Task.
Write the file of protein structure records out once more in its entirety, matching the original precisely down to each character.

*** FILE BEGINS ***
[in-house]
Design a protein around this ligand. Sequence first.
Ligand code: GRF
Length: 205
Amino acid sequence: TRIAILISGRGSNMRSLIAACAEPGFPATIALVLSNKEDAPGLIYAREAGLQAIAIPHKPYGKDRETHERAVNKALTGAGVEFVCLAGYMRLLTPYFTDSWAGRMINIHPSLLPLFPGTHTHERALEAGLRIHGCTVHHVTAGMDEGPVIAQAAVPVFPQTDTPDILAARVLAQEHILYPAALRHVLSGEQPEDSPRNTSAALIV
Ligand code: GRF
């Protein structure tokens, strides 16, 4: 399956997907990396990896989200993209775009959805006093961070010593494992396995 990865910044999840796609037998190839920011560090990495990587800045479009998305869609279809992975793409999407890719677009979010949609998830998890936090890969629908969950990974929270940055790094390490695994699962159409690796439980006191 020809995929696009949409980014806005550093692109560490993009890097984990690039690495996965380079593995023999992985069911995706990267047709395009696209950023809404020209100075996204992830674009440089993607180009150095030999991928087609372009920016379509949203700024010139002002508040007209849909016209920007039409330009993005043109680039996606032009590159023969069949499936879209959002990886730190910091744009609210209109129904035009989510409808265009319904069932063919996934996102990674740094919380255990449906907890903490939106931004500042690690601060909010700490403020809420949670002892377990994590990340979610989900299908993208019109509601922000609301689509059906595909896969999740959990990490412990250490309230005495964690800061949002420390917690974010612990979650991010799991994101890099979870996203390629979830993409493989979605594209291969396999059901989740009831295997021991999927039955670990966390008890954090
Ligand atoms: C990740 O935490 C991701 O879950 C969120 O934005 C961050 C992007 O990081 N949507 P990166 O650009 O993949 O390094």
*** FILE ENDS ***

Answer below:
[in-house]
Design a protein around this ligand. Sequence first.
Ligand code: GRF
Length: 205
Amino acid sequence: TRIAILISGRGSNMRSLIAACAEPGFPATIALVLSNKEDAPGLIYAREAGLQAIAIPHKPYGKDRETHERAVNKALTGAGVEFVCLAGYMRLLTPYFTDSWAGRMINIHPSLLPLFPGTHTHERALEAGLRIHGCTVHHVTAGMDEGPVIAQAAVPVFPQTDTPDILAARVLAQEHILYPAALRHVLSGEQPEDSPRNTSAALIV
Ligand code: GRF
């Protein structure tokens, strides 16, 4: 399956997907990396990896989200993209775009959805006093961070010593494992396995 990865910044999840796609037998190839920011560090990495990587800045479009998305869609279809992975793409999407890719677009979010949609998830998890936090890969629908969950990974929270940055790094390490695994699962159409690796439980006191 020809995929696009949409980014806005550093692109560490993009890097984990690039690495996965380079593995023999992985069911995706990267047709395009696209950023809404020209100075996204992830674009440089993607180009150095030999991928087609372009920016379509949203700024010139002002508040007209849909016209920007039409330009993005043109680039996606032009590159023969069949499936879209959002990886730190910091744009609210209109129904035009989510409808265009319904069932063919996934996102990674740094919380255990449906907890903490939106931004500042690690601060909010700490403020809420949670002892377990994590990340979610989900299908993208019109509601922000609301689509059906595909896969999740959990990490412990250490309230005495964690800061949002420390917690974010612990979650991010799991994101890099979870996203390629979830993409493989979605594209291969396999059901989740009831295997021991999927039955670990966390008890954090
Ligand atoms: C990740 O935490 C991701 O879950 C969120 O934005 C961050 C992007 O990081 N949507 P990166 O650009 O993949 O390094």